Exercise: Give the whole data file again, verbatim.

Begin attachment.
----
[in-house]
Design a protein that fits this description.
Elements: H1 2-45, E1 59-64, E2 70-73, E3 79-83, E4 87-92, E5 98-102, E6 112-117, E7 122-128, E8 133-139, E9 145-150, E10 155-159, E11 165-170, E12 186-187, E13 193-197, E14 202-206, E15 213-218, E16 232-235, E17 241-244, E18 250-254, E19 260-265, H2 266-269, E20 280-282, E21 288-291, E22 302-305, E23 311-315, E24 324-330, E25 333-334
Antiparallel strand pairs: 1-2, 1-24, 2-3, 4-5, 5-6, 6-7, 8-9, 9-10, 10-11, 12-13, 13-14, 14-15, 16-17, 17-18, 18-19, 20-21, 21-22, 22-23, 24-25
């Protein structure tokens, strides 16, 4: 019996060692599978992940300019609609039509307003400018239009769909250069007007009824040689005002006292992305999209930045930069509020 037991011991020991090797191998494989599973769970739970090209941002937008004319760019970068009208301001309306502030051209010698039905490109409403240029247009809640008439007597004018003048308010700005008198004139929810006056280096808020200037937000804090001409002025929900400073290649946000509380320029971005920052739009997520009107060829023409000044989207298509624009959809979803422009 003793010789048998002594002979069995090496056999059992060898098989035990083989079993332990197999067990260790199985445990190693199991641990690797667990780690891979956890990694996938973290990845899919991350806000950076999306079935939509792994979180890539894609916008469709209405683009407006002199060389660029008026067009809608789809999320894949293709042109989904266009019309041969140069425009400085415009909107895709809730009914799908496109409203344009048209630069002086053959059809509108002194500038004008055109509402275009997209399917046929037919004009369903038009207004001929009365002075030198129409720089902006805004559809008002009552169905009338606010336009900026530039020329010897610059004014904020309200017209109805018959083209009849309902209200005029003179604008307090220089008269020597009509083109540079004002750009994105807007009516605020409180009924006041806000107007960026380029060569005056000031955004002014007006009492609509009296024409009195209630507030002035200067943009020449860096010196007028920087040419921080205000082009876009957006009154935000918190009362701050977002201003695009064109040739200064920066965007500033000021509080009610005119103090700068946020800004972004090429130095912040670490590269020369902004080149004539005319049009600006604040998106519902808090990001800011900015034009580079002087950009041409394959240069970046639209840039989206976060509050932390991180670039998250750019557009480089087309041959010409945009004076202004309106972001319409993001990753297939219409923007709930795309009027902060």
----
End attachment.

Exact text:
[in-house]
Design a protein that fits this description.
Elements: H1 2-45, E1 59-64, E2 70-73, E3 79-83, E4 87-92, E5 98-102, E6 112-117, E7 122-128, E8 133-139, E9 145-150, E10 155-159, E11 165-170, E12 186-187, E13 193-197, E14 202-206, E15 213-218, E16 232-235, E17 241-244, E18 250-254, E19 260-265, H2 266-269, E20 280-282, E21 288-291, E22 302-305, E23 311-315, E24 324-330, E25 333-334
Antiparallel strand pairs: 1-2, 1-24, 2-3, 4-5, 5-6, 6-7, 8-9, 9-10, 10-11, 12-13, 13-14, 14-15, 16-17, 17-18, 18-19, 20-21, 21-22, 22-23, 24-25
């Protein structure tokens, strides 16, 4: 019996060692599978992940300019609609039509307003400018239009769909250069007007009824040689005002006292992305999209930045930069509020 037991011991020991090797191998494989599973769970739970090209941002937008004319760019970068009208301001309306502030051209010698039905490109409403240029247009809640008439007597004018003048308010700005008198004139929810006056280096808020200037937000804090001409002025929900400073290649946000509380320029971005920052739009997520009107060829023409000044989207298509624009959809979803422009 003793010789048998002594002979069995090496056999059992060898098989035990083989079993332990197999067990260790199985445990190693199991641990690797667990780690891979956890990694996938973290990845899919991350806000950076999306079935939509792994979180890539894609916008469709209405683009407006002199060389660029008026067009809608789809999320894949293709042109989904266009019309041969140069425009400085415009909107895709809730009914799908496109409203344009048209630069002086053959059809509108002194500038004008055109509402275009997209399917046929037919004009369903038009207004001929009365002075030198129409720089902006805004559809008002009552169905009338606010336009900026530039020329010897610059004014904020309200017209109805018959083209009849309902209200005029003179604008307090220089008269020597009509083109540079004002750009994105807007009516605020409180009924006041806000107007960026380029060569005056000031955004002014007006009492609509009296024409009195209630507030002035200067943009020449860096010196007028920087040419921080205000082009876009957006009154935000918190009362701050977002201003695009064109040739200064920066965007500033000021509080009610005119103090700068946020800004972004090429130095912040670490590269020369902004080149004539005319049009600006604040998106519902808090990001800011900015034009580079002087950009041409394959240069970046639209840039989206976060509050932390991180670039998250750019557009480089087309041959010409945009004076202004309106972001319409993001990753297939219409923007709930795309009027902060």